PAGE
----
Entrepreneurship – initiating a business, organizing the necessary resources, and assuming the associated risks and rewards. Innovation, diversity, sustainability, and social responsibility are major elements. Starts with a business idea, choosing a legal structure (sole proprietorship, partnership, company), arranging financing (equity financing, venture capitalism, debt financing, family, friends, banks).

Entrepreneurship has experienced a tremendous boost due to: advances in technology, rapid expansion of the middle class in countries such as China and India.

Social Entrepreneurship- Consumers have a growing expectation that organizations will operate in socially responsible ways, New breed of business motivated to help society solve social problems including environmental pollution, global hunger, and deaths from treatable diseases.

Entrepreneurs- who recognize an idea and make a business out of it. They have some innate traits and motivators that set them apart. the ability to persevere, a desire for power and influence, self-confidence, a high energy level, a need to achieve, and a tolerance of ambiguity.

Intrapreneurship- the process through which an individual sees the need for innovation and promotes it within an organization.

1. encourage action 2. use informal meetings whenever possible 3. tolerate failure and use it as a learning experience 4. be persistent in getting an idea to market 5. reward innovation for innovation’s sake 6. plan the physical layout of the firm to encourage informal communication 7. encourage clever bootlegging of ideas 8. organize people into small teams for future-oriented projects 9. strip away rigid procedures and encourage personnel to go around red tape when they find it 10. reward and promote innovative personnel.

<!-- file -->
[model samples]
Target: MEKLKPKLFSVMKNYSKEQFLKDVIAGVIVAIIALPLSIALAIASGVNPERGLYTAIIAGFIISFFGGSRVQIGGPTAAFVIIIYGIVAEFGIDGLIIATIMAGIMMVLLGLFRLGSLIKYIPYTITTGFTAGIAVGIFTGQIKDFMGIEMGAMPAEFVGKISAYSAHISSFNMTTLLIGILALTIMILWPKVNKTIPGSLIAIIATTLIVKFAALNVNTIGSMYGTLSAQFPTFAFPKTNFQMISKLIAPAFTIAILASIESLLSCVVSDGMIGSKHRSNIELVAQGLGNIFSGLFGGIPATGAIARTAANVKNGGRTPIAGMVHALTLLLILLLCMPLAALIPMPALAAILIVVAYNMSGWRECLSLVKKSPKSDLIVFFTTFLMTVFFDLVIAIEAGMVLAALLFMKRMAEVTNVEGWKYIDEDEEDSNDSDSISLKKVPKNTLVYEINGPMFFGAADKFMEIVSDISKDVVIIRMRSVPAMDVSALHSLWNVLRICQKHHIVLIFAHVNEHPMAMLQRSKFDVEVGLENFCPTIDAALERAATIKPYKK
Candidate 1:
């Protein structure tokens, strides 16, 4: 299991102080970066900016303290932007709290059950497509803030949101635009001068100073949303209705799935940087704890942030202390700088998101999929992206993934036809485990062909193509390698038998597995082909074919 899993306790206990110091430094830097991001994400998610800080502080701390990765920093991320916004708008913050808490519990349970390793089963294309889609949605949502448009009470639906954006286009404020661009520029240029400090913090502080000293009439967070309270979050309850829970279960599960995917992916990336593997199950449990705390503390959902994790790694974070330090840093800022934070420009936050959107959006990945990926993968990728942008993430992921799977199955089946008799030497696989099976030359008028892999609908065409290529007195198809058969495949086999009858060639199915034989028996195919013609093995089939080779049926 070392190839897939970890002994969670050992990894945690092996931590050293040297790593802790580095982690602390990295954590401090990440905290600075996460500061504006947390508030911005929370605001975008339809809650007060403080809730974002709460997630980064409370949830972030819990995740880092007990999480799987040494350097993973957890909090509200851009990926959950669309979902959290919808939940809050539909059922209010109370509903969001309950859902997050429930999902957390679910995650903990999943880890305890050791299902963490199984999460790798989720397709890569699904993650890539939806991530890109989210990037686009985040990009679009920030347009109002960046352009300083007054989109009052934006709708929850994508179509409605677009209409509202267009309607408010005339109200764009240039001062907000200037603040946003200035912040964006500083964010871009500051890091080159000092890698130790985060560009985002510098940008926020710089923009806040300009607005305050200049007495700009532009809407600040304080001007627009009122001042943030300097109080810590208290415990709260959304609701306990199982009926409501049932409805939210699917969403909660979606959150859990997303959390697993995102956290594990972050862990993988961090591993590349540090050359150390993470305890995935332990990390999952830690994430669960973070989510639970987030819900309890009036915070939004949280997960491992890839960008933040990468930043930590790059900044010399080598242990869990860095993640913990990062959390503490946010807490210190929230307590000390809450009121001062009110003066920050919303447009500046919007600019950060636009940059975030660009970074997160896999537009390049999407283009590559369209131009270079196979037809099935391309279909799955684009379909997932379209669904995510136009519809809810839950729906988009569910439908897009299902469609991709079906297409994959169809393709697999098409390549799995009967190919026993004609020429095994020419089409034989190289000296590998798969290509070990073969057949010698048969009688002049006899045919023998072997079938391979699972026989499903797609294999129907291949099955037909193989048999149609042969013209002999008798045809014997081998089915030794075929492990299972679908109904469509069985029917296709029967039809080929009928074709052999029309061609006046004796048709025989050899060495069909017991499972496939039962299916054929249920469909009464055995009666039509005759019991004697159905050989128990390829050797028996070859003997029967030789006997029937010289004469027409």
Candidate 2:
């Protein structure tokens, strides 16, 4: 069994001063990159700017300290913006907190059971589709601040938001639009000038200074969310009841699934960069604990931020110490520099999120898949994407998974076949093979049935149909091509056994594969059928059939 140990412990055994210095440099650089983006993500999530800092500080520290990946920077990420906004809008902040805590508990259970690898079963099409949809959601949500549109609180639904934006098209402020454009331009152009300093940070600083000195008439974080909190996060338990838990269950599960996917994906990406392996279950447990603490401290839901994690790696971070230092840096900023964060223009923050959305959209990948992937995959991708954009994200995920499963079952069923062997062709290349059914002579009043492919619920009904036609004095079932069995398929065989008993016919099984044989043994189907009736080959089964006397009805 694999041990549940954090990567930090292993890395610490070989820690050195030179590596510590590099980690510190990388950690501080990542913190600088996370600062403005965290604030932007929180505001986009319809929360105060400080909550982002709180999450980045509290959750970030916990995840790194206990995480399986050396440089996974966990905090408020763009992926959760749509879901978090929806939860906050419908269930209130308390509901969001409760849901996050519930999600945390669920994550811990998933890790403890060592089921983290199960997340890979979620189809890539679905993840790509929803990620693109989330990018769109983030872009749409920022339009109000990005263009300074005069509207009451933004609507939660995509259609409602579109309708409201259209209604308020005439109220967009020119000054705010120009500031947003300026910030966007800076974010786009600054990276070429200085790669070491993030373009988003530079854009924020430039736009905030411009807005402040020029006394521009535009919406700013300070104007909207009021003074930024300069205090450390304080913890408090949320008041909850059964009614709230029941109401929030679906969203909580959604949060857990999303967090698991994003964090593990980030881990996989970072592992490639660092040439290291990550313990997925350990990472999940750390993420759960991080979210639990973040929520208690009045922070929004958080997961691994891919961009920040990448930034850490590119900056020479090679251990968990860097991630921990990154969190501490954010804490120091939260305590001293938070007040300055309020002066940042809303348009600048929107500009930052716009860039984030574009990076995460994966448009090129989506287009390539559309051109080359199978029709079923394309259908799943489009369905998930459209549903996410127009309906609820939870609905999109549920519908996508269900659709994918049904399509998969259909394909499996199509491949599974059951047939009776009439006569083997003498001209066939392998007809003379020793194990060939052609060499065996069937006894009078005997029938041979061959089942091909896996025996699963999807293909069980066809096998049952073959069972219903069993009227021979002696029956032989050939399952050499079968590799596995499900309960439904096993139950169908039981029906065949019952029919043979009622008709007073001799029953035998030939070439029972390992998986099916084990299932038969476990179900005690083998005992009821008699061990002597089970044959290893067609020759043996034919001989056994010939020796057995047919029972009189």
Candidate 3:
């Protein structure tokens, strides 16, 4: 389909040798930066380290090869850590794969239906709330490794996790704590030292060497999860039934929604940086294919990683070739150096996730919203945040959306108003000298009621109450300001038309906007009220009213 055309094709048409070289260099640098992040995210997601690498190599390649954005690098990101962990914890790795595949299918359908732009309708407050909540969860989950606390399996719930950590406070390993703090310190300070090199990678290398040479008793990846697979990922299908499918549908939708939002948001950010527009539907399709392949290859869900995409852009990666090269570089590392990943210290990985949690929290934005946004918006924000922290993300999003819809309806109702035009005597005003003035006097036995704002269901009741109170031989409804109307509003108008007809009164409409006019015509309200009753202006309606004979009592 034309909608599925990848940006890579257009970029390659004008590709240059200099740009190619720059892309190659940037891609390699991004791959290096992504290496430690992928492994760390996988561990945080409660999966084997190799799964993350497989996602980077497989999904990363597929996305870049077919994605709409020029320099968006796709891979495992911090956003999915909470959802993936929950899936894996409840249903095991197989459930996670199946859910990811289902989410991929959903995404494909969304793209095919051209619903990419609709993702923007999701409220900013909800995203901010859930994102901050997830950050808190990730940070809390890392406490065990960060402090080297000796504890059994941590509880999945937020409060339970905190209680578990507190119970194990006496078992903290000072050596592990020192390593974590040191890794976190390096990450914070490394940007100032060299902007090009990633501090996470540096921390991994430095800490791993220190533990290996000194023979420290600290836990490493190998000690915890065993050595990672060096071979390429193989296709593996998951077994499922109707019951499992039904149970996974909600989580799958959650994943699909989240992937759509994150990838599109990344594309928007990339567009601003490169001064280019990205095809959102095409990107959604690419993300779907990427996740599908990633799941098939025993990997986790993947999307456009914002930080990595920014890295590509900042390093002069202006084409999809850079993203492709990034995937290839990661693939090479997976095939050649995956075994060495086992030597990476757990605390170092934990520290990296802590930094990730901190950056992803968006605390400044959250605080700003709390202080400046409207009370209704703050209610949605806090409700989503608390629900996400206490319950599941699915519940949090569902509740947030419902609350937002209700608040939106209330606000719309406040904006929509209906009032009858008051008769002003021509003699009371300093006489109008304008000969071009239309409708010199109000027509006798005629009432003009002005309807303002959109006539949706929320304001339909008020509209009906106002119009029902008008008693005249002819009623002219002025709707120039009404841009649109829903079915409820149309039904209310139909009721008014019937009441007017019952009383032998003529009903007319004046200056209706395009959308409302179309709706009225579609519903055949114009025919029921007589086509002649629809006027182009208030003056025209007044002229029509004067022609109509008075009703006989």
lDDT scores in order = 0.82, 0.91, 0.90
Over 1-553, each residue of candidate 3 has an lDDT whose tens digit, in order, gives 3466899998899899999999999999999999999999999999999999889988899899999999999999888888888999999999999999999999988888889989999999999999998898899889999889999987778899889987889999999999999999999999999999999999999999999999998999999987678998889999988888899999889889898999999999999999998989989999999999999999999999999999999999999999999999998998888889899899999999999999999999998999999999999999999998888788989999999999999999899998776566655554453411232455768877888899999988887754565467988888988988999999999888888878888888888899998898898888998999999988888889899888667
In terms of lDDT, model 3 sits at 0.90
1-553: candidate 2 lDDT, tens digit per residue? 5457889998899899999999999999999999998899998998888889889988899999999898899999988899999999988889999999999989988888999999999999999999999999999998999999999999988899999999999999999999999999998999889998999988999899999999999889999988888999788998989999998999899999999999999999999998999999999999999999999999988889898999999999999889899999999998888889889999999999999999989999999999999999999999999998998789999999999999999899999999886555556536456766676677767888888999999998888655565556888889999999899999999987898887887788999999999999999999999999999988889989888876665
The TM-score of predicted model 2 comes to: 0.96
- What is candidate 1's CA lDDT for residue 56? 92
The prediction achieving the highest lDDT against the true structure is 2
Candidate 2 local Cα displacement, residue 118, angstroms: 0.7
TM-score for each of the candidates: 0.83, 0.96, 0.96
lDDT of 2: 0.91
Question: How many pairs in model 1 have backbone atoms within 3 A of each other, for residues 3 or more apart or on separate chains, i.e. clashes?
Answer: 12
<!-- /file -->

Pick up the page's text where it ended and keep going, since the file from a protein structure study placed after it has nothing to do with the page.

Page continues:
sustainability in small business – Small to medium enterprises (SME) face day-to-day challenges, Sustainability usually placed on hold, But important to be proactive and think sustainability, Consider building long term win–win relationships with stakeholders, No business is too small for doing well by doing good.

Small businesses- generally proceed through five stages of growth: start-up; survival; success; takeoff and resource maturity.

online business- Find a market niche, Create a professional website, Choose a domain name, Use social media.

Cross-cultural Management

Cultural diversity – hiring people of diverse races, different religions, and promoting the entry of working staff from different countries, Diversity is an element of society and is an important part of business. Helps in: gaining knowledge about minority groups, diverse teams are innovative and creative, means to generate a positive image towards the outside world, increases the potential of the group.

Cultural intelligence(CQ)- required to develop a global mindset, refers to the ability to use reasoning and observation to interpret unfamiliar situations and devise appropriate behavioral responses.

Hofstede’s framework for assessing cultures-

  • Power Distance: the acceptance of a culture towards power distribution. Low distance: Relatively equal power between those with status and those without status. High distance: Extremely unequal power distribution between those with status and those without status. Countries that have larger power distance- products should depict respect for authority and compliance.